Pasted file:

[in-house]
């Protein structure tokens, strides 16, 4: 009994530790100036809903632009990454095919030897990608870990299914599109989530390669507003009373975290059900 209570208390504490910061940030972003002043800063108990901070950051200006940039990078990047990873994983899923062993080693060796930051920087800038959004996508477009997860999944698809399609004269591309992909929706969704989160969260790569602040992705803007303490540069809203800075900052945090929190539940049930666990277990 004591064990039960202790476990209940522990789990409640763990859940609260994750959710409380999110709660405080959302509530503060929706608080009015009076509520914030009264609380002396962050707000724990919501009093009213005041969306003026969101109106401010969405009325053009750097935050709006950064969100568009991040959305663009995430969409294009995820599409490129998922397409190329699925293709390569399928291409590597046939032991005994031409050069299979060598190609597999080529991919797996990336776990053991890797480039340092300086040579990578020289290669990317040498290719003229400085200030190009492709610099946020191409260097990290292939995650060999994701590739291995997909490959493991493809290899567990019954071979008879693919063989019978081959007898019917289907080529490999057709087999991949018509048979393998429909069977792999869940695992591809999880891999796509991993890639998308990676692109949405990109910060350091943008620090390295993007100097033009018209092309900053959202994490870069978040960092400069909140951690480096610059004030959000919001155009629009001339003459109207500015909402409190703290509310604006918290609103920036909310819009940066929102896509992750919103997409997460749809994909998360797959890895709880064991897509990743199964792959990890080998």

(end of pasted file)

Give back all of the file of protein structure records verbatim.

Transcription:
[in-house]
């Protein structure tokens, strides 16, 4: 009994530790100036809903632009990454095919030897990608870990299914599109989530390669507003009373975290059900 209570208390504490910061940030972003002043800063108990901070950051200006940039990078990047990873994983899923062993080693060796930051920087800038959004996508477009997860999944698809399609004269591309992909929706969704989160969260790569602040992705803007303490540069809203800075900052945090929190539940049930666990277990 004591064990039960202790476990209940522990789990409640763990859940609260994750959710409380999110709660405080959302509530503060929706608080009015009076509520914030009264609380002396962050707000724990919501009093009213005041969306003026969101109106401010969405009325053009750097935050709006950064969100568009991040959305663009995430969409294009995820599409490129998922397409190329699925293709390569399928291409590597046939032991005994031409050069299979060598190609597999080529991919797996990336776990053991890797480039340092300086040579990578020289290669990317040498290719003229400085200030190009492709610099946020191409260097990290292939995650060999994701590739291995997909490959493991493809290899567990019954071979008879693919063989019978081959007898019917289907080529490999057709087999991949018509048979393998429909069977792999869940695992591809999880891999796509991993890639998308990676692109949405990109910060350091943008620090390295993007100097033009018209092309900053959202994490870069978040960092400069909140951690480096610059004030959000919001155009629009001339003459109207500015909402409190703290509310604006918290609103920036909310819009940066929102896509992750919103997409997460749809994909998360797959890895709880064991897509990743199964792959990890080998």